Study 2: Jesus feeds the multitudes
Sermon Date: March 12, 2017
Readings: Luke 9: 10-17; 2 Kings 4: 42-44
Although this passage may be very familiar, it is full of meaning and application for us today as we journey to Easter – considering who Christ is and our life in him.
Can you remember some special meals that you have offered and enjoyed?
What was the occasion and why do you remember them?
Questions: (see “Helpful Hints” at the end of this section)
Read Luke 9:10-17:
1. Verse 10. Immediately upon returning from their mission (that we considered last week), Luke now decribes “the Twelve” as “apostles”. Why is this and is it important?
2. A feature of the life and ministry of Jesus was that he chose to periodically take time away from the day to day routine to be alone with His heavenly Father or to spend time with his closest followers. This was for three reasons:
a) for His earthly life in the Trinity to be nourished both physically and spiritually
b) to grow in relationship with his disciples and
c) also so that he could help his disciples to grow in their faith and life in Him.
What do you think of this aspect of our discipleship? What experience(s) have you had?
Are you aware of the ways that as a church we regularly offer opportunities for disciples to take time out with God individually and in a small group? Share some of your experiences.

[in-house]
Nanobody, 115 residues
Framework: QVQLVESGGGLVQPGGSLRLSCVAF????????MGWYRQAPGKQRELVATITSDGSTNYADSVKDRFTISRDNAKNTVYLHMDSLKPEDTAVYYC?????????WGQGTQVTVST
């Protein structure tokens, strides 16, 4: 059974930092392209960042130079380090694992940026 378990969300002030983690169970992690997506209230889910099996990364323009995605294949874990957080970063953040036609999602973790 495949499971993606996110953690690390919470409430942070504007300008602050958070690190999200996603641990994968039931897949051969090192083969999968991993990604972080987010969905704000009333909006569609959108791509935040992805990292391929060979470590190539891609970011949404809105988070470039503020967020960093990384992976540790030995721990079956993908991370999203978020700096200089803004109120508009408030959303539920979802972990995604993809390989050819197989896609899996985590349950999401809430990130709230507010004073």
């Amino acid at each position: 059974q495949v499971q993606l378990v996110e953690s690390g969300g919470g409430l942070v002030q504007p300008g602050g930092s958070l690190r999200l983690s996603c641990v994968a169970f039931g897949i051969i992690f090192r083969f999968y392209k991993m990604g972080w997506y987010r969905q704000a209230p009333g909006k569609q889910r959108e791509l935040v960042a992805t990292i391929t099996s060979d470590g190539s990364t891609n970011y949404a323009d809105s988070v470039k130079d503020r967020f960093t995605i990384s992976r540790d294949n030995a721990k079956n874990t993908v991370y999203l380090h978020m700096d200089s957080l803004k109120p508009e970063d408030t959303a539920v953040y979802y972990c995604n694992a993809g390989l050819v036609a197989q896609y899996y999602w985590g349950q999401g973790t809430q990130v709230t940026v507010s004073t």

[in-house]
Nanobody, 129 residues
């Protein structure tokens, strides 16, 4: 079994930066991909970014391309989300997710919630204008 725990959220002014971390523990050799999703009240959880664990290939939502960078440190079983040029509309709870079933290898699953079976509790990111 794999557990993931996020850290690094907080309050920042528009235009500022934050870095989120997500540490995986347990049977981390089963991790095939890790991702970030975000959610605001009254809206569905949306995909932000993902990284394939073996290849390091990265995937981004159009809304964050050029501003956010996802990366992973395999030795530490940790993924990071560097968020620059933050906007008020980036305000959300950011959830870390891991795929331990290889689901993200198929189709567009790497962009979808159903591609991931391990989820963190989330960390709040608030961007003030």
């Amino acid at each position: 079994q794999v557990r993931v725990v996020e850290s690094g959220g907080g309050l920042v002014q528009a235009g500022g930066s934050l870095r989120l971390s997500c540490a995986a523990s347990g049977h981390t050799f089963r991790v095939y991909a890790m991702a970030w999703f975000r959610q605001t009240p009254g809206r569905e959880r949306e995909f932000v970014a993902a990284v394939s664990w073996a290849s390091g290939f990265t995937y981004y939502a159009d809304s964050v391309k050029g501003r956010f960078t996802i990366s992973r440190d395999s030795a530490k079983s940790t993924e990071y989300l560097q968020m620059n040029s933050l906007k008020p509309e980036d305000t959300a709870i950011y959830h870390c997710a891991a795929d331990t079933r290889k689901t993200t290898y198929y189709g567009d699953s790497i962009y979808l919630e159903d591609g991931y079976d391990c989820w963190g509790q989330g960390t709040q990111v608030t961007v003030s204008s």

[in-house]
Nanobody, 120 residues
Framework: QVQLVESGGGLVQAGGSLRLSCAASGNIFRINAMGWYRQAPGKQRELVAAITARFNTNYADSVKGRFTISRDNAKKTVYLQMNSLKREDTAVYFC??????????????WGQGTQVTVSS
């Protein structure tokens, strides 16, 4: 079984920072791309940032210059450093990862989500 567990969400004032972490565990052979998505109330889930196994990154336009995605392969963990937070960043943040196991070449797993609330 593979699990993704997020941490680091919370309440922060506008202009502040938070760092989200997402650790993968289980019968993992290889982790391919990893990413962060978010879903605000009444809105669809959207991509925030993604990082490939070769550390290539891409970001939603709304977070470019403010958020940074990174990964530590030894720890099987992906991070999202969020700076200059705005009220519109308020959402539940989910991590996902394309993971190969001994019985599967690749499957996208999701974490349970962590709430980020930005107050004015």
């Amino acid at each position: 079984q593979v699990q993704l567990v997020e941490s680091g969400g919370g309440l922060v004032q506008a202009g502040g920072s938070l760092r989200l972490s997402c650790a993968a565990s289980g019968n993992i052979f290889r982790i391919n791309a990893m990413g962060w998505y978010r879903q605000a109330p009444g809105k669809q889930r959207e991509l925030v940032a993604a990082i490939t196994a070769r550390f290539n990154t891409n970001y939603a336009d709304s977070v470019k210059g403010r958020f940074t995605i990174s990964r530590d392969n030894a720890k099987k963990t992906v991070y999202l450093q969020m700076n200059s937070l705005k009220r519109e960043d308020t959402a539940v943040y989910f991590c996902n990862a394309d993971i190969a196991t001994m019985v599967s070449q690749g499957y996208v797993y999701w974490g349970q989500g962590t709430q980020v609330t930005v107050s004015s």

3. Verse 11. What does this verse reveal about the identity, character and ways of Jesus?
4. Reading the passage, identify:
a) what and whose needs are met and how by Jesus?
b) How and with what result Jesus intentionally and progressively invites the disciples to assume responsibility for ministry?
5. Read verses 16-17. What future meal (that is a sacrament) does this miraculous physical feeding point to and why?
6. Verse 17. Why do you think this verse is significant?
As we’ve considered how Jesus sets people free in this famous passage, take some time to consider how you’re responding to Jesus’ invitation to grow in faith and feed others.
How are you using the season of Lent to help you to grow in faith and feed others? (Note: the church Lent programme and resources.)
Give time to sharing and encouraging each other before concluding in prayer.
Helpful Hints for discussion questions:
1 ‘Apostle’ means someone who is sent. A disciple means someone who is a ‘pupil’ or ‘apprentice.’ Luke intentionally uses this term to describe the disciples to signifiy that Jesus had now given them both the instruction and authority to share in His ministry. This was all part of their formation.
5&6 The Lord’s Supper (the Eucharist). Remember this is Jesus’ development of the Passover Meal. Through the sacrament of the Lord’s Supper, we remember the new covenant that God instituted with His people through the death and resurrection of Jesus. Hence some people refer to the Lord’s Supper as the Freedom meal.
Through the feeding of the 5,000 (men), the identity of Jesus is again illustrated and we learn that Jesus, (who described himself as the bread of life), ‘feeds’ (i.e. meets the needs) of humanity and more than satisfies all our needs ( verse 17).
It is also interesting that the disciples collect “twelve basketfuls of broken pieces that were left over”. Althiugh there was an abundant supply, there was to be no waste. Also, the number ‘twelve’ is significant in biblical theology. It represents completeness e.g. 12 tribes, 12 disciples.